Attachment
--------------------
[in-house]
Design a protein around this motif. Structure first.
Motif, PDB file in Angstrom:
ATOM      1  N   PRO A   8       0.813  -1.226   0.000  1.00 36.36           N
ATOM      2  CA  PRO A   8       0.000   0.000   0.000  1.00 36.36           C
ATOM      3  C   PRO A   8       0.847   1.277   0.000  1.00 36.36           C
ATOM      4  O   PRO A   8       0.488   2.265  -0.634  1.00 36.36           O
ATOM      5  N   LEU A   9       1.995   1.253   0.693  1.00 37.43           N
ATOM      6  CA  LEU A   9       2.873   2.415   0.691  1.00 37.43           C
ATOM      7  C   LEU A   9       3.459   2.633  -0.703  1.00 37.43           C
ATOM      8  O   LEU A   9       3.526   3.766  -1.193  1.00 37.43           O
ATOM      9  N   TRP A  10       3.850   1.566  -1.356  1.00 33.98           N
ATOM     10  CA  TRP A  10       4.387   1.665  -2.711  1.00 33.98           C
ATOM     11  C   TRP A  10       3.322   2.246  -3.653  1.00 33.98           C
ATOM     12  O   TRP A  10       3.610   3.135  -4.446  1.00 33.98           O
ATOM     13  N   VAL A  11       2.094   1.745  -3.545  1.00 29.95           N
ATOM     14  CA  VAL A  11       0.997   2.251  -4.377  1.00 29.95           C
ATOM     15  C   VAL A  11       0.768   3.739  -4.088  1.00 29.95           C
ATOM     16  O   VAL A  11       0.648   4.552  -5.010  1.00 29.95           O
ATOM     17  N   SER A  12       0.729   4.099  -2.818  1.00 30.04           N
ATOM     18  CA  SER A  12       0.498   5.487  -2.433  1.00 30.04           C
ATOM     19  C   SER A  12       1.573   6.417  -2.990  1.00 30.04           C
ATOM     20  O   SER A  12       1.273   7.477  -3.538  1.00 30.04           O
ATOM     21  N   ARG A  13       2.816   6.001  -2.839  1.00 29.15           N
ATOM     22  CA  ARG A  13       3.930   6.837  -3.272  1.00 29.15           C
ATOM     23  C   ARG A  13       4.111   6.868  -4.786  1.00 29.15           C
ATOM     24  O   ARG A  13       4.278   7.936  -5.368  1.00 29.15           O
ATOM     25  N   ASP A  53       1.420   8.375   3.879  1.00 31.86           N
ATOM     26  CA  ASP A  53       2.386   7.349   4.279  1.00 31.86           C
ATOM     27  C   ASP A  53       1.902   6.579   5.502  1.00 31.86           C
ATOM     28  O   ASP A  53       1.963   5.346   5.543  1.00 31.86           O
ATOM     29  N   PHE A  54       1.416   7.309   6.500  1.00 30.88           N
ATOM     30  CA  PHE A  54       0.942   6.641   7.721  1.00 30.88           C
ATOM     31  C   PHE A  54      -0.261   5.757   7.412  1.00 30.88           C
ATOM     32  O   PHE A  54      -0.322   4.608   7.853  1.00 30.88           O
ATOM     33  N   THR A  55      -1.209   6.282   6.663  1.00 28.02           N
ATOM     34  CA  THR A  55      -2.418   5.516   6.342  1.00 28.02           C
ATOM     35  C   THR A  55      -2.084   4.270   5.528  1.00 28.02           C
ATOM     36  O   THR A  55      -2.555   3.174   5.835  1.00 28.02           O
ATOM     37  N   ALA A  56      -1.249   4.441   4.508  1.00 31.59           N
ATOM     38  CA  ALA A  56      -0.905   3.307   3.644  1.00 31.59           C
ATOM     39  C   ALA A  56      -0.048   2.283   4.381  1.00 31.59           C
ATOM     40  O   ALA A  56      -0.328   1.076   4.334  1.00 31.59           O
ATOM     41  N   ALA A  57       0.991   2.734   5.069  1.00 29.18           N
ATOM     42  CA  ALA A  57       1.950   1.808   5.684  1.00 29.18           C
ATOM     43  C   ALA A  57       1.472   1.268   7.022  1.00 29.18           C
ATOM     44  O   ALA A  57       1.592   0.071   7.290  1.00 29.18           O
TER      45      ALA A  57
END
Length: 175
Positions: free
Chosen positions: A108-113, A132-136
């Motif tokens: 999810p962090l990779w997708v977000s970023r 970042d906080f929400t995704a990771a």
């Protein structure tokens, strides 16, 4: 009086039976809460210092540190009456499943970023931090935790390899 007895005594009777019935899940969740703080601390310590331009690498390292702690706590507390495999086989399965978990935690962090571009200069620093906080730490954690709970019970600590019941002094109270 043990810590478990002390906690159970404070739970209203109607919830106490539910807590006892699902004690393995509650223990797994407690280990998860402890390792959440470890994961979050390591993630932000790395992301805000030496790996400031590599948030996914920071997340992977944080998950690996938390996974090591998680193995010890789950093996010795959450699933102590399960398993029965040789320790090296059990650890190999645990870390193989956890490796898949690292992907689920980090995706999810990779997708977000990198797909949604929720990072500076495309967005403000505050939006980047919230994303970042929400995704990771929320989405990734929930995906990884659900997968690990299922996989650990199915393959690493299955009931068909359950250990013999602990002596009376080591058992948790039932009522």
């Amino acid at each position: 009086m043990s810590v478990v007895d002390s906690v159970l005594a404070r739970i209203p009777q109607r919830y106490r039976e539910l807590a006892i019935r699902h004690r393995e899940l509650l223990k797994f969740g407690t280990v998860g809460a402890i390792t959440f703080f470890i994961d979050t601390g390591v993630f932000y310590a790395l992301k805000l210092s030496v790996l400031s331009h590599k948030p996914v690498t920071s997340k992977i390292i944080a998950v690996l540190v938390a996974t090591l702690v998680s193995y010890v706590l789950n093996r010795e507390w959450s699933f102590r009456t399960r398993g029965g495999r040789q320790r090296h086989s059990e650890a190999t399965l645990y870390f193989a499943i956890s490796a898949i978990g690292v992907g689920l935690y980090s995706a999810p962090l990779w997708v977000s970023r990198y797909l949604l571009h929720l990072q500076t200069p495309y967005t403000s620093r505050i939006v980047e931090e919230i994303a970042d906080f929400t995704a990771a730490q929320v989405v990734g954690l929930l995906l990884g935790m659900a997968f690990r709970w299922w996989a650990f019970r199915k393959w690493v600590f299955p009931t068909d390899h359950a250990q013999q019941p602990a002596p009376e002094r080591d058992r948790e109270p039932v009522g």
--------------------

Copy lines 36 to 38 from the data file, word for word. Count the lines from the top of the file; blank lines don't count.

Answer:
ATOM     33  N   THR A  55      -1.209   6.282   6.663  1.00 28.02           N
ATOM     34  CA  THR A  55      -2.418   5.516   6.342  1.00 28.02           C
ATOM     35  C   THR A  55      -2.084   4.270   5.528  1.00 28.02           C